faster cars can do likewise. In the
factory if we split the largest process batches into two – and separate them
in time (otherwise people will just join them up again – trust me), then
everything will be able to move faster as a result. Essentially we have a better process flow.
So what proportion of my existing batches am I
Well, product volume will follow some sort of Pareto
distribution. Construct histograms of
volume percent of product versus process batch size, and also of the lot
percentage (percentage of batches) against process batch size. You will find somewhere between 70-80% of
your production volume in your largest batch size classes. You will also find that those same batch
size classes account for between 20 and 30% of the total set-ups.
Does this square with reality? Yes. We tend to batch-up the highest demand
products into the largest (and most efficient) process batches – giving high
volume and a small number of set-ups.
On the other hand we can’t batch up all the “rats and mice” that we
sell as well – giving quite a small volume and a very large number of
Let’s illustrate this with some real data from a
large-scale small-device batch manufacturer.
Firstly let’s look at the volume percentage versus batch size.
We can see that the two largest
batch classes account for 68% of the total volume (these are real
numbers). The two smallest batch
classes account for 13% of the total volume.
Let’s then look at the number of lots of each of
these batch classes.
Now we see that the two largest
batch classes account for only 29 percent of the lots (and hence set-ups),
whereas the two smallest batch classes account for 49 percent of the lots and
hence set-ups. Be careful. It is not the large number of small set-ups
that is the cause of large work-in-process values; it is the large batch
sizes. In this example 70 percent of
the total production is accounted for by 30% of the lots.
The large process batches cause everything else to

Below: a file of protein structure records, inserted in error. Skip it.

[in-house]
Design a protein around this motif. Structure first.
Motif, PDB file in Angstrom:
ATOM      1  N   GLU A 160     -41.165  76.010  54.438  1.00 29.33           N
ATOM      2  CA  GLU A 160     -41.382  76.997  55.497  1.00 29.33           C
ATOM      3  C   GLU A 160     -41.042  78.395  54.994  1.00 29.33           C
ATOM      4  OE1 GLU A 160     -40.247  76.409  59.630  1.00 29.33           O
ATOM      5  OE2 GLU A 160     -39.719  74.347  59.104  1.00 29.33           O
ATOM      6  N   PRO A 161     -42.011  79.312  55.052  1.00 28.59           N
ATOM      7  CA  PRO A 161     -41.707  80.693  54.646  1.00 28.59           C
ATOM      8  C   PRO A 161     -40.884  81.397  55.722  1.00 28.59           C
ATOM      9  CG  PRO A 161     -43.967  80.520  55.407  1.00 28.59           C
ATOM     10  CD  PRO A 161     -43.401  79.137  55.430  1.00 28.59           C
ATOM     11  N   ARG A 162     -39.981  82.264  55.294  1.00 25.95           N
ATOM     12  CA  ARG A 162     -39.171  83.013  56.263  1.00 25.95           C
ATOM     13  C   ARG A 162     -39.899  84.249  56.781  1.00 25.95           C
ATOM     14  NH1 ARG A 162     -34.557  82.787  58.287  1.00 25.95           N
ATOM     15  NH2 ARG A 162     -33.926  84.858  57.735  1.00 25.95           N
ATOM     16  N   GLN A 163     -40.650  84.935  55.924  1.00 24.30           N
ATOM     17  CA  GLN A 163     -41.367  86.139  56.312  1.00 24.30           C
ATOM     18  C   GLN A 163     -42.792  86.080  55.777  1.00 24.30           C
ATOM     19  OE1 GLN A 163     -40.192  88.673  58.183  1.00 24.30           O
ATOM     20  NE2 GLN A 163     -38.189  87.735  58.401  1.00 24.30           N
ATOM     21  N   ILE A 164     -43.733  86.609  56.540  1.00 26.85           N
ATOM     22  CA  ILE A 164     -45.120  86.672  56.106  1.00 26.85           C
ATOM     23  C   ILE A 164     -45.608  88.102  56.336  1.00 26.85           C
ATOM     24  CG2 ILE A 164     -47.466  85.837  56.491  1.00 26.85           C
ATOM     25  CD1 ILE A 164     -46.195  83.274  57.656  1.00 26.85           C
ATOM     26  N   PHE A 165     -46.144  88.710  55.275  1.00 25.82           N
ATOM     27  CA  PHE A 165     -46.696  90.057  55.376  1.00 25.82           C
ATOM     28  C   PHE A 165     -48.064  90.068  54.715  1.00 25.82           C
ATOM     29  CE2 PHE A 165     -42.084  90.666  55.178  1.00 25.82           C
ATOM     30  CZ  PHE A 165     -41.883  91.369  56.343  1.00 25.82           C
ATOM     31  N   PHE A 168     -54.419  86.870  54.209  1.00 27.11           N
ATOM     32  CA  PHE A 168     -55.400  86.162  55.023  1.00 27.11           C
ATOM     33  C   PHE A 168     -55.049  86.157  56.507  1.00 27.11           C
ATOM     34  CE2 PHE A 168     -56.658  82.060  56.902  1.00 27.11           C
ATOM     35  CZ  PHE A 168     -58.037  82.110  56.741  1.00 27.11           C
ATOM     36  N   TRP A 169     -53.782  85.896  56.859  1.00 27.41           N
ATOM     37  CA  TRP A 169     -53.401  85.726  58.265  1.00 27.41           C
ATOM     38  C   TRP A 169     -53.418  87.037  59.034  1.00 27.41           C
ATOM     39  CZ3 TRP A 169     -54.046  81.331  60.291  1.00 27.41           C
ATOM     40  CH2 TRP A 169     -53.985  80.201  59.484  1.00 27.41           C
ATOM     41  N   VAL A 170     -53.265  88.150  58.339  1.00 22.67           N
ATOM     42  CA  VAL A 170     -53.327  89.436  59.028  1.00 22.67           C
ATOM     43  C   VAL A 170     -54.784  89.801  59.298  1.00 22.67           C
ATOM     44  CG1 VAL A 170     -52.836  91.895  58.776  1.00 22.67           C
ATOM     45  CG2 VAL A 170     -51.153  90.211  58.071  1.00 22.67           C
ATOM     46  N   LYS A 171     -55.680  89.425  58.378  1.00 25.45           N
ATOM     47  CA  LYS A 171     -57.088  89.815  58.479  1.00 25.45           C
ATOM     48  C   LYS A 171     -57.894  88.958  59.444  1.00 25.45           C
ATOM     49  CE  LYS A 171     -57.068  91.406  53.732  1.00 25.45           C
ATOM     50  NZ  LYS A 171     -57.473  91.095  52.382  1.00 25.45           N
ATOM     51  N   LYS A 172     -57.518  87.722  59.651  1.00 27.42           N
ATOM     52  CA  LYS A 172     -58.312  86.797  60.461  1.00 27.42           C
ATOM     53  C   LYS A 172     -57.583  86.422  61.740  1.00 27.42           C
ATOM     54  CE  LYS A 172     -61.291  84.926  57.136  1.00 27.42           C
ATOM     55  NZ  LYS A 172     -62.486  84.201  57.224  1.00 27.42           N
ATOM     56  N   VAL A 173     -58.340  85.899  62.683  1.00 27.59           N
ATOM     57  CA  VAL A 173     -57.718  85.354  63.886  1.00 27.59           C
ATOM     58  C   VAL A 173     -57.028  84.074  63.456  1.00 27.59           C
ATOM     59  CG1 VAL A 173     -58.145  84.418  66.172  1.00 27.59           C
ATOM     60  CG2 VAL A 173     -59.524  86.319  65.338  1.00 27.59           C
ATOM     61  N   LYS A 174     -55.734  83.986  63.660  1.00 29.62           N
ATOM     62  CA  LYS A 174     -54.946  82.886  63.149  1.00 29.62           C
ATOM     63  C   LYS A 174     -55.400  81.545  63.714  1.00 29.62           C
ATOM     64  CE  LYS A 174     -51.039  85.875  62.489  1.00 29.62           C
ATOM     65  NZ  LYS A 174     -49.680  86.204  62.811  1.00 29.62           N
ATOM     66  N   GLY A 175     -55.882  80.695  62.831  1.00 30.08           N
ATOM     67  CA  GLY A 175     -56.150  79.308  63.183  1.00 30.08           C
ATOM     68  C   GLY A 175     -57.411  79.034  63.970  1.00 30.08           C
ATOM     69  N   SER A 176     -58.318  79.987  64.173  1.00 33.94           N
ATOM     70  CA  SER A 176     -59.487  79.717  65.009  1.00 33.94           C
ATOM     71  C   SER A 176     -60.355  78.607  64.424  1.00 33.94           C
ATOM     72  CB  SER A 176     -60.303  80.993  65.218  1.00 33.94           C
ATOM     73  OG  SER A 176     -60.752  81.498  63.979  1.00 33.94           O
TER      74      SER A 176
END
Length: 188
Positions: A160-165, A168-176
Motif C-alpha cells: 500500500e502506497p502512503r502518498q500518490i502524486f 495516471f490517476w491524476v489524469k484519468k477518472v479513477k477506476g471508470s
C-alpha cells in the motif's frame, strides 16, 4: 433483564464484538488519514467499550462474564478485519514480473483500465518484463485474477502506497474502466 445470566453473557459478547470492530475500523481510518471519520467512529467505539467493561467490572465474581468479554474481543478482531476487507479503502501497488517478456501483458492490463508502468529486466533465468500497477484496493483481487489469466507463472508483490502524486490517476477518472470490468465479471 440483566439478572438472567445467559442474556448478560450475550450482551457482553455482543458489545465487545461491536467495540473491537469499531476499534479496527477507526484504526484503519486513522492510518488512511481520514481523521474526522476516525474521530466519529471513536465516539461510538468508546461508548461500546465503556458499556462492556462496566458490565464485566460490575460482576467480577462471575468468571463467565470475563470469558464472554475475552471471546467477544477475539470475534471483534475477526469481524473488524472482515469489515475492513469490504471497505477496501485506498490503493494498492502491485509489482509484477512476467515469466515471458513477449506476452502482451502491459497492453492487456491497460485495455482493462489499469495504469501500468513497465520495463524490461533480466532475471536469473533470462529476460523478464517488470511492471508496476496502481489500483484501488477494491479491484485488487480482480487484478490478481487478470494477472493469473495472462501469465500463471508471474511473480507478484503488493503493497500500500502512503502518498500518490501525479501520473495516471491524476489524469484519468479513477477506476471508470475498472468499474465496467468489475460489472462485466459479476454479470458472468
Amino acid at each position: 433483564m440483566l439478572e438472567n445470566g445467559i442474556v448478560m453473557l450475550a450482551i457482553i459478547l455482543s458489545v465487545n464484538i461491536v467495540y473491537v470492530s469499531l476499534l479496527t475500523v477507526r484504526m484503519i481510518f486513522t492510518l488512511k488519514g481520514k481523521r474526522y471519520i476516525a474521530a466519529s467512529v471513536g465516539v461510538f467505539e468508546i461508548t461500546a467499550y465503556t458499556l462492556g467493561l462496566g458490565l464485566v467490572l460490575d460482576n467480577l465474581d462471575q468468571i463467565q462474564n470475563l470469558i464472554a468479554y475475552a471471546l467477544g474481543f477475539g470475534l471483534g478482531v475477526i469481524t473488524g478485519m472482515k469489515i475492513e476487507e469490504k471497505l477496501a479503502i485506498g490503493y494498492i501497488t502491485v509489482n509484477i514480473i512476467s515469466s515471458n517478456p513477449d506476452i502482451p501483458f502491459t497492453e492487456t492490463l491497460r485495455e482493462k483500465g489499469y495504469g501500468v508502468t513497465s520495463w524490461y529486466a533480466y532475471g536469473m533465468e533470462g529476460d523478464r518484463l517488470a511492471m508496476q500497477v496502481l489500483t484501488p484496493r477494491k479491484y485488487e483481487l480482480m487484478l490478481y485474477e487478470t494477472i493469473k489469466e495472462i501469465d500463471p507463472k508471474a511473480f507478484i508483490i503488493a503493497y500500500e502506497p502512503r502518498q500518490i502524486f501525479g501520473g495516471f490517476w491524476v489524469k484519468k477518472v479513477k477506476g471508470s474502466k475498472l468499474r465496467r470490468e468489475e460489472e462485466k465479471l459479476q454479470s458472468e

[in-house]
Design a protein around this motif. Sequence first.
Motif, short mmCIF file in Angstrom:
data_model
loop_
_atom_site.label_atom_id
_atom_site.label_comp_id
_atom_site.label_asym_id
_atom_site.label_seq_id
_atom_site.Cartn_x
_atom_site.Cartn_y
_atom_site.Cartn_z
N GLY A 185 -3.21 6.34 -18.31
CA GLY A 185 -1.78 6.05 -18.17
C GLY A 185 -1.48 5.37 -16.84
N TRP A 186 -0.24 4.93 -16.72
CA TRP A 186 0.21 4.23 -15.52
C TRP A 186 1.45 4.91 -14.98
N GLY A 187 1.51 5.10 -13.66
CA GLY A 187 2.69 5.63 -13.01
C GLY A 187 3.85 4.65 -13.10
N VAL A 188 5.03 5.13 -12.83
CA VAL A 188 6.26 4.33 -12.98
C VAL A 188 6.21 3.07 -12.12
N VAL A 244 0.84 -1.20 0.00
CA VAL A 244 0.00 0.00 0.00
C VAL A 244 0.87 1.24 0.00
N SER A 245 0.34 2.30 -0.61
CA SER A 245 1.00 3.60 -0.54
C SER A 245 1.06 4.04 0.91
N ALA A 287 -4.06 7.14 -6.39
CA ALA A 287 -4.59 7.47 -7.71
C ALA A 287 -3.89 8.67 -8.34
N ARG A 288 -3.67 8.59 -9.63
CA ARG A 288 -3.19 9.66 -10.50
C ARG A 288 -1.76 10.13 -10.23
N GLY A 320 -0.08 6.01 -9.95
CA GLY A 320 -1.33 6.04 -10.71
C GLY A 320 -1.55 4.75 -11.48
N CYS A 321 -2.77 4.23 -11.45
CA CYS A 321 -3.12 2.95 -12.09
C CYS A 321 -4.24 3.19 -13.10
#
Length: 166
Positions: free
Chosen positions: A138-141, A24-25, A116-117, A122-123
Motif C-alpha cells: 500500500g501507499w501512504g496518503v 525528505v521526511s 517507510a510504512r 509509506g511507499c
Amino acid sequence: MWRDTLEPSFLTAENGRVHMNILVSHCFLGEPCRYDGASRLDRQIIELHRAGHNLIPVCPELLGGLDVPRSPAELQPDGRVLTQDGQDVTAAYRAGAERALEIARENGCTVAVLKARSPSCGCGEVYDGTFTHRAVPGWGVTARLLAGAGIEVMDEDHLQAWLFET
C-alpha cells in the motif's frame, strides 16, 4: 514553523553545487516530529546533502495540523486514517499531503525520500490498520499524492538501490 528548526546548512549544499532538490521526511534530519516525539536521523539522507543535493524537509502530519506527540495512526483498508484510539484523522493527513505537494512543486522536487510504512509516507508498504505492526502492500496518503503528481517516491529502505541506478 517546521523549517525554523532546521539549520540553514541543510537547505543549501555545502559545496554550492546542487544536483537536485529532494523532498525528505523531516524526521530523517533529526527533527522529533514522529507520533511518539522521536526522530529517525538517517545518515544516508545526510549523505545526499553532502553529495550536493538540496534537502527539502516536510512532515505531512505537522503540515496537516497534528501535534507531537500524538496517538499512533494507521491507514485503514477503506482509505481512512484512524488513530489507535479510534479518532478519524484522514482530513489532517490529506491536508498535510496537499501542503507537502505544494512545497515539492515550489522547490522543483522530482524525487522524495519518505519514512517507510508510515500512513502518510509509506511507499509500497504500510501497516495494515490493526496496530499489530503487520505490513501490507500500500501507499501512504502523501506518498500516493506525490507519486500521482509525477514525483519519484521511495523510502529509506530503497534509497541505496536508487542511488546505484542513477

slow down. If for example total set-up
time for a large batch is the order of 10% of the total process time for
these large batches, then halving the largest batch size and doubling the
number of set-ups will increase the set-up time for these batches from 2-3%
of total time to 4-6%. Not a big price
to pay! And if you are looking for
spare time, take a good hard look at absolute downtime recorded and not a
pie-chart of set-up, process time, maintenance time etc.
So, do the arithmetic on splitting the largest
process batch classes into two smaller process batches. See if you can accommodate the additional
set-up time on the constraint. Process
flow, lead time, and finished goods inventory should all improve as a
consequence of this simple application.
Factories are full of helpful people before the
constraint who will surely recognize two process batches of the same product
that are separated by a day or so or thereabouts on the constraint
schedule. They will helpfully “mate”
them up again to be efficient – you are not going to remove 100 years of
tradition, let alone automatic local optimization, that quickly. Extremely helpful people will actually hold
up a process batch until a matching batch comes along. You will recognize that this is happening
when batch-pairs begin to arrive at the constraint – one generally late and
the other generally early. Despite
protestations of complete surprise you will find the cause somewhere before
Like all old habits it will disappear as people gain
a greater appreciation of the importance in the improvement in flow.